OVER half a million people drink water from treatment plants that require work to ensure a safe supply.
The Environmental Protection Agency (EPA) last week added 11 treatment plants to its Remedial Action List (RAL), bringing the total number of people whose water supplies are vulnerable to contamination to 560,000.
The RAL identifies assets that need to be prioritized for investment.
Irish Water had reduced the number to 375,000 by the end of last year through investment in new facilities and modernization.
But 57 plants are now on the list, erasing some of those gains.
Reports of boiling water and breaches of quality standards related to chemicals called trihalomethanes (THMs) have also increased.
The number of people told to boil their water to drink was 211,000 last year, compared to 75,000 in 2020.
The number of people affected by THM exceedances rose by 133,750, largely due to a sewage treatment plant serving 114,000 people in the city of Limerick, where ongoing violations lasted for six months.
THMs are caused by the reaction of the disinfectant chlorine, routinely used in water treatment, with organic matter that should be excluded from the supply.
They are linked to cancer in high concentrations.
dr EPA’s Michelle Minihan told the Oireachtas Housing Committee that Ireland is an “outlier” in Europe when it comes to THM problems.
Currently, 58 public water supplies are experiencing ongoing breaches and the European Commission is taking enforcement action against Ireland for failing to resolve the issue.
Seán Laffey, Irish Water’s head of assets, said the problem is being taken seriously and millions are being spent on it every year.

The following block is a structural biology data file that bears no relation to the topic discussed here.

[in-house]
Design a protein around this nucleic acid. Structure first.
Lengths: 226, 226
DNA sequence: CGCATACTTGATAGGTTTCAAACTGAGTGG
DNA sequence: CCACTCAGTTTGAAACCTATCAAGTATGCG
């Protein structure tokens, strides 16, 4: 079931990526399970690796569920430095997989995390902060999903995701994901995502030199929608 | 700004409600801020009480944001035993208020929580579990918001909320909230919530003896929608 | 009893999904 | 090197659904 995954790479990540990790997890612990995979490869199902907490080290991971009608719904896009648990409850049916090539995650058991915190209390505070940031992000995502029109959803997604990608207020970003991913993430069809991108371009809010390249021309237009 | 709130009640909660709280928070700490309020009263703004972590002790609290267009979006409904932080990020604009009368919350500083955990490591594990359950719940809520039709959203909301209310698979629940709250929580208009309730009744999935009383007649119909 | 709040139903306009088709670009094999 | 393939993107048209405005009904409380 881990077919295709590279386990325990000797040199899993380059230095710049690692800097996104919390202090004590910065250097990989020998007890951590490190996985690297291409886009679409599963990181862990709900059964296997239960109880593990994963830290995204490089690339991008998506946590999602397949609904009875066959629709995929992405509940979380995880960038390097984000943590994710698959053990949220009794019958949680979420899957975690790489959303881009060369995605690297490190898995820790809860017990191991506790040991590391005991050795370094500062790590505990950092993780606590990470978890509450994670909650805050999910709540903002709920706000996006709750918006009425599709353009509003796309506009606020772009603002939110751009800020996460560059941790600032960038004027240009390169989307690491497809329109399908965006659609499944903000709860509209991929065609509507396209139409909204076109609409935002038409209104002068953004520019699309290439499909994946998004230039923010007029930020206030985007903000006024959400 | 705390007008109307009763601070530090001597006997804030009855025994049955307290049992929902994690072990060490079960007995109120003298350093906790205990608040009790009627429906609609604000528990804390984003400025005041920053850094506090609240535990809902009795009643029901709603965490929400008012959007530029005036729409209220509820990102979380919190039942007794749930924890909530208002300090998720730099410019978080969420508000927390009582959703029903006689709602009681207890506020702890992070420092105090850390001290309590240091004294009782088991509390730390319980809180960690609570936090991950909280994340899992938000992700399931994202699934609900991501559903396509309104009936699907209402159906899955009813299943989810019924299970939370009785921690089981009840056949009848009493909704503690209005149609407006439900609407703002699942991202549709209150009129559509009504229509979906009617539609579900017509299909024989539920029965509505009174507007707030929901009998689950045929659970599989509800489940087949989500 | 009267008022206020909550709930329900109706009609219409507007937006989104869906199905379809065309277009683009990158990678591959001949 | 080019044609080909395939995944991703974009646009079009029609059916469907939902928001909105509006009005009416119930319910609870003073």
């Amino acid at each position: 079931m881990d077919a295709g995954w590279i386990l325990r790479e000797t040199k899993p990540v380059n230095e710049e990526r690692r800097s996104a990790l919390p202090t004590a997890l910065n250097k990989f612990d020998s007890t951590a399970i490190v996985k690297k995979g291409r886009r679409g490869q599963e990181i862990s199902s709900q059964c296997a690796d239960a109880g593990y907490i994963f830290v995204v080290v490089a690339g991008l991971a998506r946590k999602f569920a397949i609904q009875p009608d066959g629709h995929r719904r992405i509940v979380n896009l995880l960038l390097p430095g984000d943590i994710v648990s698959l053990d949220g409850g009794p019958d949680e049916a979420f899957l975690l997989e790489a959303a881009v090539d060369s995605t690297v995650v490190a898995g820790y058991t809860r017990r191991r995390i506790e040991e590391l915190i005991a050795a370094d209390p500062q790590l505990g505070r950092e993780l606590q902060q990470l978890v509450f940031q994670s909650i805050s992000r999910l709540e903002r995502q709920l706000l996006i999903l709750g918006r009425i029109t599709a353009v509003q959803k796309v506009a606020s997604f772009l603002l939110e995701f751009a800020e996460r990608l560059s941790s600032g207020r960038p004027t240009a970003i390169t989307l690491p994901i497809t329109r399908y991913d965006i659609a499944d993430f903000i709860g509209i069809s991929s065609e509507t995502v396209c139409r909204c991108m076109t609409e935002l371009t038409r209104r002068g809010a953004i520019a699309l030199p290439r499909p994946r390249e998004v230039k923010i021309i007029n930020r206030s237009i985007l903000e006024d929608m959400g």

He said a large amount of organic matter entered the water supply in Ireland as much of the water came from moorland regions.
Heavy winter rains also washed more organic matter into water sources.
Most of the exceedances were related to supply shortages, as in some locations it could take five to six days for water to get from the treatment plant to the faucet, and the longer it took, the greater the likelihood of THMs forming.
However, Mr Laffey said it was not the case that water quality was deteriorating, it was that Irish Water’s standards were rising.
“It’s bad news in the short term because more shipments are going to RAL, but it’s good news in the long term because it means we’ve identified a problem and can fix it.”
The meeting also heard that pesticides in water remain an issue, with 31 shipments failing to meet quality standards due to high levels of pesticides last year, just two fewer than in 2020.
The main pesticide found continues to be MCPA, which is used in agriculture and is potentially very harmful in high concentrations.
dr Tom Ryan of the EPA’s Office of Environmental Enforcement said Ireland’s drinking water supply is still of a very high standard, with a compliance rate of 99 per cent.
The main focus was on the condition of the systems and their ability to guarantee a secure supply.
“The drinking water treatment in many supplies is still not as resilient as it needs to be to ensure future supplies,” he said.
He said it would take a few decades of consistent investment to bring drinking water and sanitation infrastructure up to standard.
Niall Gleeson, chief executive officer of Irish Water, said infrastructure investments are now in excess of €1 billion a year, but he agreed “the challenges are huge”.
https://www.independent.ie/news/environment/half-a-million-people-drinking-water-from-plants-irish-water-has-been-told-need-upgrades-to-ensure-safe-supplies-42040160.html Half a million people who drink water from facilities have been told by Irish Water that they need upgrading to ensure a secure supply